Pentas were in bloom and placed in several places in the garden.  They didn’t show any wilting from the heat but were fresh and lovely.

Maybe Bleeding Heart but don’t know for sure.

Stepping stones across a shallow pool.

Tied Bamboo poles give the illusion of sails on a small Chinese sampan boat.

Chinese statuary in different spots all around the garden makes me wonder why Chandor was so taken with that culture.

Chinese Button Bush (Adina Ruella) looks a little like the North American Button Bush (Cephalanthus occidentalis).  But it’s parts are more distinct and pop out against dark foliage.  This was in a mostly shady area on the edge of a small stream.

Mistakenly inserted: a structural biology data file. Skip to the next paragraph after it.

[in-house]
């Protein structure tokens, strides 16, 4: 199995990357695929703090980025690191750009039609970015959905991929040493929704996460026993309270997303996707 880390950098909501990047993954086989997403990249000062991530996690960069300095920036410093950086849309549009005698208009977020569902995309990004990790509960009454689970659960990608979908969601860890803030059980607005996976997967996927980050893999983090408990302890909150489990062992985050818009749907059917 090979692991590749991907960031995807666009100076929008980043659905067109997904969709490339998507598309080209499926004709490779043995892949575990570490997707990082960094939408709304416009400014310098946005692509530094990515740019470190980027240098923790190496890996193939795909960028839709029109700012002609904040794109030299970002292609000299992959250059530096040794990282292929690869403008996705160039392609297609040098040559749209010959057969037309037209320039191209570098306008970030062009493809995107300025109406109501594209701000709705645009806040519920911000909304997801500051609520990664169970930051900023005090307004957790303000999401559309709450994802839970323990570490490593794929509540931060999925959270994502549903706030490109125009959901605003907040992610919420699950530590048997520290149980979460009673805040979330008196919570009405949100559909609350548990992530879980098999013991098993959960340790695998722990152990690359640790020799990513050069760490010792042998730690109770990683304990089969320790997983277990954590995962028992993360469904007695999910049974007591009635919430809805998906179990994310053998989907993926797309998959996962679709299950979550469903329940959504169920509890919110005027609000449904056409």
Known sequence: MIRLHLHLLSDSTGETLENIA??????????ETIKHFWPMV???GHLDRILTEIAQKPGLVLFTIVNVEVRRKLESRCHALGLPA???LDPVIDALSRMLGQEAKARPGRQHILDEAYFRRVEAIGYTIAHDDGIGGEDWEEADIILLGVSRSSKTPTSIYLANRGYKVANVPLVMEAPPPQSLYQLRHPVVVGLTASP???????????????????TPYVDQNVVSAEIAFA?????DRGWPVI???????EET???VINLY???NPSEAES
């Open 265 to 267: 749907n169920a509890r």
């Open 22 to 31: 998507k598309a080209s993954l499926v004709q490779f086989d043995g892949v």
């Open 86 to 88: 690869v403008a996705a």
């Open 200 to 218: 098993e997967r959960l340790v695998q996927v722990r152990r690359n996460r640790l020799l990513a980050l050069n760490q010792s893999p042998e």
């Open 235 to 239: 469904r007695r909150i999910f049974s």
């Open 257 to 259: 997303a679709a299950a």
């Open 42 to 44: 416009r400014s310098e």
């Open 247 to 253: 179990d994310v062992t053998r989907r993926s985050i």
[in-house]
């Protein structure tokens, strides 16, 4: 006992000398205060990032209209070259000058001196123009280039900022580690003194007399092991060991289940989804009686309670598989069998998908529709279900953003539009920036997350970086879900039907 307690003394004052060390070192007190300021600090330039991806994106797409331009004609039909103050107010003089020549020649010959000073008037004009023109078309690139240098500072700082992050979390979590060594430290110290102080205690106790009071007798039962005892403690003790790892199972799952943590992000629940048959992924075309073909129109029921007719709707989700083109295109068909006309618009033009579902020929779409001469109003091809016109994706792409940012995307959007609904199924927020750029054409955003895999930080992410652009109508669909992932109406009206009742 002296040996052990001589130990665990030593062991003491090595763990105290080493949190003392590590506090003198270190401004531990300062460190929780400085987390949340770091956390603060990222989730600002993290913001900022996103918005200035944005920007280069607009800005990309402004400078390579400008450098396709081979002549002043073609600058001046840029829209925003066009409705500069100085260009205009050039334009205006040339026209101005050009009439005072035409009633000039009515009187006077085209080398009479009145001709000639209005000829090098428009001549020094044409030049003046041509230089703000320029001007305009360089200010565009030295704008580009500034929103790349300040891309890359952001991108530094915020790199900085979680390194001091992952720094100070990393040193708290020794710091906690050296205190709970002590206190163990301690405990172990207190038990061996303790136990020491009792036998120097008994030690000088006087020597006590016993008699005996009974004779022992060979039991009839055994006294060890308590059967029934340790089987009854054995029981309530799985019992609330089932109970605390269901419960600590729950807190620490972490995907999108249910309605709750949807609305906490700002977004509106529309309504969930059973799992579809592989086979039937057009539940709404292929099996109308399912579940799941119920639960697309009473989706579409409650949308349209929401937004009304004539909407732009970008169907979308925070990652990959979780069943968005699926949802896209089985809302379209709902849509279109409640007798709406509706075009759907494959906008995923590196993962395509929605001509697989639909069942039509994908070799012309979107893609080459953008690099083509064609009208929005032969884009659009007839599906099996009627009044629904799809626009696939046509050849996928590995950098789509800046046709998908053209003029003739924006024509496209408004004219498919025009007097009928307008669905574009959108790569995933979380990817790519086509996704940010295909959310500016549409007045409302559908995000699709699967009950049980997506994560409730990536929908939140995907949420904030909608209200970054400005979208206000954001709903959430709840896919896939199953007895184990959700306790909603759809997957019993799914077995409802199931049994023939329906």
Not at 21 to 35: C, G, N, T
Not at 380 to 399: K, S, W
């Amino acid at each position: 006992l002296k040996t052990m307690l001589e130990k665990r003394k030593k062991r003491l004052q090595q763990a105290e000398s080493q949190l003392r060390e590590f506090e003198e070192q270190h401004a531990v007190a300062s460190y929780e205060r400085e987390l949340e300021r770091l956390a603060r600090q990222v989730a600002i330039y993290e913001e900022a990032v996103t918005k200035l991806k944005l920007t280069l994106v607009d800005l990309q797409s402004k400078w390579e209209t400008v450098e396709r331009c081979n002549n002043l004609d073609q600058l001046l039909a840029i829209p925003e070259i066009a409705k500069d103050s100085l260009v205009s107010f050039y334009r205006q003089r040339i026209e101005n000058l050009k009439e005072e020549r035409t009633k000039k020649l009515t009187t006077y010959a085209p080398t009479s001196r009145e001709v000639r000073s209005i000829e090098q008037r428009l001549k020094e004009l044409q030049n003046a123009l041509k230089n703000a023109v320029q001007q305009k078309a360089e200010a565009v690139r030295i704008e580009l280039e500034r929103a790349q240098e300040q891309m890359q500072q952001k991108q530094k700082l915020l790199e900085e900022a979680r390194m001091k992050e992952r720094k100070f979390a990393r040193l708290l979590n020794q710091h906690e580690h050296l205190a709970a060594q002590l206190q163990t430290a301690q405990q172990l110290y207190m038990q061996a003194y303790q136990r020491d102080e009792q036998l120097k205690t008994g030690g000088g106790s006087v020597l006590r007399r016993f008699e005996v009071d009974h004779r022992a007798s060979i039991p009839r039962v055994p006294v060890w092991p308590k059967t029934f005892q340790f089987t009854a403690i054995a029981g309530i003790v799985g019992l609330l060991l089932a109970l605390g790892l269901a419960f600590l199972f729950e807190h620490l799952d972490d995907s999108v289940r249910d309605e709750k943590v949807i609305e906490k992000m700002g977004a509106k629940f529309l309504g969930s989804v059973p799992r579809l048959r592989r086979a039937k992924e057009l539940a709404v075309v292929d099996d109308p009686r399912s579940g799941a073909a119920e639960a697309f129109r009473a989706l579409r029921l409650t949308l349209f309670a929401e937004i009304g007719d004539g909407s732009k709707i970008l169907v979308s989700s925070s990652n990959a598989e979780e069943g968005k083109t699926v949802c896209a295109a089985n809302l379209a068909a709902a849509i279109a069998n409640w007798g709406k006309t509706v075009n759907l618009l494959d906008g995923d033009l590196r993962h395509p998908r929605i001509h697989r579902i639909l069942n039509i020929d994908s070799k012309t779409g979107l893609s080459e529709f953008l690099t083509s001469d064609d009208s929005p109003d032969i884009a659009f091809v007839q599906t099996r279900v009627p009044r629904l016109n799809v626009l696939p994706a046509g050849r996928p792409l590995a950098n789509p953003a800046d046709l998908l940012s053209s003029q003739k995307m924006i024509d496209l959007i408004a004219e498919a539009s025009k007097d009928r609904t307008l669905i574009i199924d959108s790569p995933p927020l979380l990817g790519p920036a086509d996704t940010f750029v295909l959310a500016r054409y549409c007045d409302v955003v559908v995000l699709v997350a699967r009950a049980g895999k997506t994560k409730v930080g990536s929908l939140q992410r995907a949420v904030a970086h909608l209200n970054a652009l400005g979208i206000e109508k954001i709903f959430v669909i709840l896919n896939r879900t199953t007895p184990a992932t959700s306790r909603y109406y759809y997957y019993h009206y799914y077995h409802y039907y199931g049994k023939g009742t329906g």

Chandor’s home is used for special events.

This Magnolia looks healthy, even in the extreme dry heat.

One of the many water features, this Pixie Pond is another place to relax and enjoy the sound and sight of water.

Cast stone pixies in different poses are placed on top of the stone (or brick) edges around the pond.  Chandor chose them and placed them himself, probably in the late 40’s.

The next post will be the final one on Chandor Gardens.

“We never know the worth of water till the well is dry.”  Thomas Fuller

Crazy Heat Continues

Even though it’s difficult to fathom, there are many plants that not only survive the heat, but are at their peak during the dog days of August.

Texas Rock Rose  (Pavonia lasiopetala) blooms on and on throughout the summer.  Can’t beat it for performance when temperatures are 100 plus.